Melanie Kilgore, a physical therapy assistant with Active Day of Somerset, lowers Kenny Perkins into the pool

for therapy. He suffers from diabetes, which has decreased circulation to his right foot. Gary Thurman watches, he is in therapy for back pain.

By Heather Pyles

here’s nothing like a nice, warm dip in the pool to relax those aching muscles and joints. Or, better yet, there’s nothing like a warm dip in the pool to help those suffering from chronic pain and joint issues regain parts of their lives back they may have once thought to be gone for good. Just ask Gary Thurman, one patient taking advantage of an aquatic therapy program located at the YMCA through Active Day of Somerset Outpatient Therapy. “I can see some improvement when I’m in that water,” Thurman said. “I can do things I couldn’t do before.” Thurman has suffered from chronic pain since he injured his back years ago, and he had learned to simply deal with the severe pain — which meant limiting what he could do in everyday life — before his

T

doctor told him about the aquatic therapy program. “Year, after year, after year, after year,” Thurman said about the pain that had overtaken his life. “It’s always there.” And while Thurman isn’t pain-free, the therapy — considered an alternative to physical therapy, which can be too painful for sufferers of specific problems — has helped him regain the use of muscles and joints he’d quit using long ago. The therapy can also help a person deal with the pain without the use of highly addictive, strong narcotics — or deal with the pain with the use of fewer narcotics. “I could tell I was getting a little stronger in the water,” Thurman said. “I was using muscles I hadn’t used in years.” Active Day Center Rehab Administrator Judy Harmon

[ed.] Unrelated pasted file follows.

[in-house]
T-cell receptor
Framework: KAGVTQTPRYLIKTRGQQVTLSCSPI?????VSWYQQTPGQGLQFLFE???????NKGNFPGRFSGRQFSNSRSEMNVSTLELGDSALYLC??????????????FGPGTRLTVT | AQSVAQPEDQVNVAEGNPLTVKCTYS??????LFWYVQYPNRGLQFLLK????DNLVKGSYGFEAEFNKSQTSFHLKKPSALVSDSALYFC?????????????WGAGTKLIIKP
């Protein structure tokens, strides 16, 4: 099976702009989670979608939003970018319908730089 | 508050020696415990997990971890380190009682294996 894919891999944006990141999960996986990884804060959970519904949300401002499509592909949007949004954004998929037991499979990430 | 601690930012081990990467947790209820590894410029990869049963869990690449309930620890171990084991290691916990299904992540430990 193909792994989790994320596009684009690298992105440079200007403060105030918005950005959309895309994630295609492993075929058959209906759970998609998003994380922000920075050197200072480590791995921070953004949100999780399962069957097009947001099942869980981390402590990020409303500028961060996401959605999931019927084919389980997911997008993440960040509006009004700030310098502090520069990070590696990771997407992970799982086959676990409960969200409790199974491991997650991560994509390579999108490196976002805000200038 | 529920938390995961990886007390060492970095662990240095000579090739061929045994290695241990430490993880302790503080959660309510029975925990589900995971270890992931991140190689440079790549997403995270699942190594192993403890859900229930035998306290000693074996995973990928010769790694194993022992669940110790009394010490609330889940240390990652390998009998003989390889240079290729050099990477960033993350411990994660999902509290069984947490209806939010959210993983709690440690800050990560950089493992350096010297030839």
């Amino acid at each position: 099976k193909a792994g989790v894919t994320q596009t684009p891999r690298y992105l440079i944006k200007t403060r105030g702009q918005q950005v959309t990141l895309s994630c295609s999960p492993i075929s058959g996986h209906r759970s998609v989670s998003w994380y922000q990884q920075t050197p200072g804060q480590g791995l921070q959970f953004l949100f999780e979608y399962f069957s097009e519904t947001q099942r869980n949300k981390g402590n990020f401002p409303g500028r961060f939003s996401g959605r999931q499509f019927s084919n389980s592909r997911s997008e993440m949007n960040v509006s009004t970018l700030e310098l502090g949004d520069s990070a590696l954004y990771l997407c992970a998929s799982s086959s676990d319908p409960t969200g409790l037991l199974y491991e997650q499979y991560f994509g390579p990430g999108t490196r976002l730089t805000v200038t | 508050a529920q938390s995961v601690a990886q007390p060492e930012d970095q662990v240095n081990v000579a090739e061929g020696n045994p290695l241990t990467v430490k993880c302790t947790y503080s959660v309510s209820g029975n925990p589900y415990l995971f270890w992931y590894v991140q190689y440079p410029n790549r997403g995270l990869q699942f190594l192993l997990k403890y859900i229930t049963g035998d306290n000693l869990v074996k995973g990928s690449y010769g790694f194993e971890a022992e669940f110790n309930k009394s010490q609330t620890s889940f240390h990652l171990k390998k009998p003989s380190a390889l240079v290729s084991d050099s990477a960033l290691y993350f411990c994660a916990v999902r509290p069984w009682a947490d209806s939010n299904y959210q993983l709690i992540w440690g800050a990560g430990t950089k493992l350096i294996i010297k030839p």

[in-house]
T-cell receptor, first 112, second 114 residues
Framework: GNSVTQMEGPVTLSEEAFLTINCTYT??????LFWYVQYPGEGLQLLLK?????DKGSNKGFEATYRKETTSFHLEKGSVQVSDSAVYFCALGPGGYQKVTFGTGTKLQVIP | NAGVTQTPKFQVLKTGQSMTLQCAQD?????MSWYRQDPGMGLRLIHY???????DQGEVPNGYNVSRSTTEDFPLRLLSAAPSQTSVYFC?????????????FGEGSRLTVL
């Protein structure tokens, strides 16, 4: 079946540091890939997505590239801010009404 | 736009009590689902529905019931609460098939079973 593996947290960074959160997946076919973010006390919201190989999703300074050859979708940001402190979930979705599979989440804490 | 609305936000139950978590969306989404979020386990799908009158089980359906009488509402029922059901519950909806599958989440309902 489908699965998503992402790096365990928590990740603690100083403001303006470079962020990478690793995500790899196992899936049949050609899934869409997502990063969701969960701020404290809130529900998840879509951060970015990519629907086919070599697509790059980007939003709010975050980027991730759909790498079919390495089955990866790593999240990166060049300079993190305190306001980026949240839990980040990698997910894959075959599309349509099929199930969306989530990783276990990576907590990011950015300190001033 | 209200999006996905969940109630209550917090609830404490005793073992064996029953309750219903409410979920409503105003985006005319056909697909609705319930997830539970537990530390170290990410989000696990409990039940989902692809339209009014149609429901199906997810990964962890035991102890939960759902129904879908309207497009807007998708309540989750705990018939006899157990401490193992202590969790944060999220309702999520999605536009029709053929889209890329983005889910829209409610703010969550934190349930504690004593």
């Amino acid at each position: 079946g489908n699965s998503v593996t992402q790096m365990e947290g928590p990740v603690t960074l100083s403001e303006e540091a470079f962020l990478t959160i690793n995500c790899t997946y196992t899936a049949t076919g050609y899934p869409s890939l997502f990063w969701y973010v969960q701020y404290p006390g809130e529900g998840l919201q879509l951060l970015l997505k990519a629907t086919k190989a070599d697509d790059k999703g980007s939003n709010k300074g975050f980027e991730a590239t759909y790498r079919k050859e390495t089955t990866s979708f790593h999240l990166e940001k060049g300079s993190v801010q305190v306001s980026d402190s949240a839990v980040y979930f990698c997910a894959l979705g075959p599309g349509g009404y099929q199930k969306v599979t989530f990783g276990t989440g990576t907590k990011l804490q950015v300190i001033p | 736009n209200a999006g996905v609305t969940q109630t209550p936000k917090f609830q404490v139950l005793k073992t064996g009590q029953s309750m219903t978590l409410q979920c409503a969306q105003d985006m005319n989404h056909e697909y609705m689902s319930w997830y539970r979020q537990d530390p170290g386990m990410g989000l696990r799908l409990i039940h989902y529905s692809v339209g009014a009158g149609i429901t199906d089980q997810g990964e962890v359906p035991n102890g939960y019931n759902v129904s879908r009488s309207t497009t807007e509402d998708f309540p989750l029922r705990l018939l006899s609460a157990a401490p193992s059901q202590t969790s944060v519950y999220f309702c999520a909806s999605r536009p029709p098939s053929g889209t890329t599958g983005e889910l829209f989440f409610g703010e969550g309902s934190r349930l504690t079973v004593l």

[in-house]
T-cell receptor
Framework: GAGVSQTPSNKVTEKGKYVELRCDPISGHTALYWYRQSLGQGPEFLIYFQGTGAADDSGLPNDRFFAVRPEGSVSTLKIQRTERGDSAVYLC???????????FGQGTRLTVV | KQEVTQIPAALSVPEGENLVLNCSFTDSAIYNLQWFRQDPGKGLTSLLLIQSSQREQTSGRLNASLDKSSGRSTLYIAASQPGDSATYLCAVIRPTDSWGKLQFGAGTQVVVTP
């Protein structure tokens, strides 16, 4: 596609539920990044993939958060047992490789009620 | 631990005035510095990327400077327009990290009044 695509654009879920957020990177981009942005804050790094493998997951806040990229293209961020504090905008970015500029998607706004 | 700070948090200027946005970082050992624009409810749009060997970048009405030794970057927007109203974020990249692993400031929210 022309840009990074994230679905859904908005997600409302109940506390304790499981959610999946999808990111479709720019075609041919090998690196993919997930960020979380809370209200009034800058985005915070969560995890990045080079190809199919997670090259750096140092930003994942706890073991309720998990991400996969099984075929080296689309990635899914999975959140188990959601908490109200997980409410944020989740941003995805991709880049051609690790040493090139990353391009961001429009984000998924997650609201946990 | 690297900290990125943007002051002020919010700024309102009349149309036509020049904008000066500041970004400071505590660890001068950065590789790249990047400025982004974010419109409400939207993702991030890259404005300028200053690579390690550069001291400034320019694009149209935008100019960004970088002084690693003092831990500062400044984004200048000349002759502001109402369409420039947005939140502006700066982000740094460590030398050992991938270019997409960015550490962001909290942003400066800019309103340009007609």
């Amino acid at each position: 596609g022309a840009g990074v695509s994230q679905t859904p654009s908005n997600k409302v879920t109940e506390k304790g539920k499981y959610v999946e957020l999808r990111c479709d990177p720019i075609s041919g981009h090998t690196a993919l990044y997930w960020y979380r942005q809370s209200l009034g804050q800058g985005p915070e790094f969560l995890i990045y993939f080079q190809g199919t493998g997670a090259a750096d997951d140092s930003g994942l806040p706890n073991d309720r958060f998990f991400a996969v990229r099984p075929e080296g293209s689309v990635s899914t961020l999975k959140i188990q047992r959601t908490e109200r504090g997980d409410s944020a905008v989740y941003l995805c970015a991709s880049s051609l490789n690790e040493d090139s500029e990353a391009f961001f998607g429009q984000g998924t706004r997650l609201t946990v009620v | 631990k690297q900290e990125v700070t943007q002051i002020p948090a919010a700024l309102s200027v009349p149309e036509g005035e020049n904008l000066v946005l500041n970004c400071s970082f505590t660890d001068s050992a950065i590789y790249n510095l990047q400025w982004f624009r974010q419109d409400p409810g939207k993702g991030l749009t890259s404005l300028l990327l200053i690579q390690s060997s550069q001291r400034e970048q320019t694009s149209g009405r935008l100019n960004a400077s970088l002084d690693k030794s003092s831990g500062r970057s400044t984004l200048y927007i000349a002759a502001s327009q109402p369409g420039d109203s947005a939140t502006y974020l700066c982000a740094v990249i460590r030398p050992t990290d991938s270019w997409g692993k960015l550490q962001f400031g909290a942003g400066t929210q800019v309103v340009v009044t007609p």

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August 2009

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said many people who suffer from chronic ailments like longterm back and joint pain, fibromyalgia (a disease that causes extreme pain over the entire body), muscular sclerosis, Parkinson’s disease and diabetes (causing a significant decrease in circulation) are pulled into a “vicious cycle” that renders their bodies weaker than when they began. “So many people with chronic pain issues ... don’t exercise because it hurts,” Harmon said. That reaction is a normal one. Severe pain naturally causes one to consider not using the joint or muscle that is causing the difficulties, and he or she assumes using the problem joint or muscle would aggaravate it and only cause more pain. That may be true temporarily, but Harmon and Active Day Center Physical Therapist Sonya Beattie said that sets up a series of events that lead to the affected area receiving less circulation and losing strength. The body’s circulation system